What does a DITA “topic” have in common with Dirty Harry’s .44 Magnum, “Peacekeeper?” Don’t dig too deeply for an answer. It’s just that in both cases, the names are descriptive euphemisms for something much more banal: guns and proses.
For the purpose of representing the minimalist-informed methodology of topic-oriented writing, “topic” is a perfectly good name. “Article” might have been just as good a name except it signifies somewhat more development than the atomic chunk of text that we call a DITA topic. For a technical writer, the classic definition is still apt: “a topic is a unit of information with a title and content, short enough to be specific to a single subject.” But for a novel writer, a topic is a titled portion of prose; for a journal writer, it is a nested hierarchy of scholarly exposition that we call an article; for the responsible owner of a business web page, it is possibly an excerpt from a white paper or marketing copy deck.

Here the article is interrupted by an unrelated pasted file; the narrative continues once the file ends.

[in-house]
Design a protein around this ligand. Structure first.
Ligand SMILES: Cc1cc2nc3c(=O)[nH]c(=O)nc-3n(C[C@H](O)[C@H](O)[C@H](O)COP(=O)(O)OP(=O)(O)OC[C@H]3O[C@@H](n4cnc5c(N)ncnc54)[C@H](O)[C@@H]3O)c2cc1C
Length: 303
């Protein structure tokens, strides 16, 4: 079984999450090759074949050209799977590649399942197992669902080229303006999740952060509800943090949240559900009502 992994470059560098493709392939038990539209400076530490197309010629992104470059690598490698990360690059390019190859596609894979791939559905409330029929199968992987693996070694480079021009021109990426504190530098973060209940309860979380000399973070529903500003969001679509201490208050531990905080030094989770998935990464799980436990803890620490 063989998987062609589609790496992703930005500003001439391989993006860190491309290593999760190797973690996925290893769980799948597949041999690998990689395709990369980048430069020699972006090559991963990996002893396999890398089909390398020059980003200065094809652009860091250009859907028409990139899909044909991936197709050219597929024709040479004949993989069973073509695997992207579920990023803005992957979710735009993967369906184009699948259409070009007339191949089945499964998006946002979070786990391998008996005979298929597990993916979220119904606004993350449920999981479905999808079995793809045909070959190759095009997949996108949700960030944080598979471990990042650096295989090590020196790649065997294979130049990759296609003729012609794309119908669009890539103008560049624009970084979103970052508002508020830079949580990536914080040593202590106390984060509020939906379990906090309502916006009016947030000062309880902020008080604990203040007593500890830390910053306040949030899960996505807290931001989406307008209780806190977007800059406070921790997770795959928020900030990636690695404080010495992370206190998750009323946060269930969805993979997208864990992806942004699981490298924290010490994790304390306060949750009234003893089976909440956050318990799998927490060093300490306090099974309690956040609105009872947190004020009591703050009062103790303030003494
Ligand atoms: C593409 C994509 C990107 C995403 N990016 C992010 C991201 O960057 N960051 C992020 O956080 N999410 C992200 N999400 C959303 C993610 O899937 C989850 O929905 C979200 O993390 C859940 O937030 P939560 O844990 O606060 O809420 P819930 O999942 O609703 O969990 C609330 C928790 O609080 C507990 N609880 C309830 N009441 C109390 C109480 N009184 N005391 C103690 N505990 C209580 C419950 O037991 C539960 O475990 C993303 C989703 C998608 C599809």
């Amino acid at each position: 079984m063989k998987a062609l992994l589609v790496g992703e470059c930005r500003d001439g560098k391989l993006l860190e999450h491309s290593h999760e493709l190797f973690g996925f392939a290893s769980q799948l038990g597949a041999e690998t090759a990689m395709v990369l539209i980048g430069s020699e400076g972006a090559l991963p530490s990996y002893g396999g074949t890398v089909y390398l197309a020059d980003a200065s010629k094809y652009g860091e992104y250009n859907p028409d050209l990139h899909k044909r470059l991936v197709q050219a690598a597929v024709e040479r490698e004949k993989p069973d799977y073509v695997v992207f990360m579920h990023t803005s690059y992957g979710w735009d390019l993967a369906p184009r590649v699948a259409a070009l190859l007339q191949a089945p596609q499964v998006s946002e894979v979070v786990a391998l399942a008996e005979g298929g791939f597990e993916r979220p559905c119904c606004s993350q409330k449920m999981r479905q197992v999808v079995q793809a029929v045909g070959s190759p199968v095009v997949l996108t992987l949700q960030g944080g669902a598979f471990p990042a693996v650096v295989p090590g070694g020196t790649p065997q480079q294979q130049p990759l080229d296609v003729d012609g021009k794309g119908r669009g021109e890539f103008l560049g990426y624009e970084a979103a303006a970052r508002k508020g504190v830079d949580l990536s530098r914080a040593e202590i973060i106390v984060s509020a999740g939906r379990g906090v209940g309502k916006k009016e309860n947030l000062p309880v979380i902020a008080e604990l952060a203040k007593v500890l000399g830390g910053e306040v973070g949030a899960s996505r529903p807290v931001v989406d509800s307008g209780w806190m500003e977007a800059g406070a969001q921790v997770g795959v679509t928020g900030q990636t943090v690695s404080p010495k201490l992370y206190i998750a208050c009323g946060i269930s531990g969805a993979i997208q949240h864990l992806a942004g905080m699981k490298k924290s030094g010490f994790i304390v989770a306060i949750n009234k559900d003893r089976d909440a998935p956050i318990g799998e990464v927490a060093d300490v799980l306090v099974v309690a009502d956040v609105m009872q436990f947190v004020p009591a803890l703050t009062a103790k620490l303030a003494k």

What would you call the basic, titled chunk of any of those kinds of discourse? If you are feeling lucky, you could call it anything you want. But Dirty Harry might ask you to reconsider your luck.
Did you know?
The first demonstration of the derivation of an archetype topic into its initial concept, task, and reference child specializations was done by an IBM XML Workgroup in the latter half of 2000. After realizing that the same design pattern in the DTDs could be used to introduce element specializations across the child specializations, the workgroup published the amended design for public critique in March, 2001 on IBM’s developerWorks site.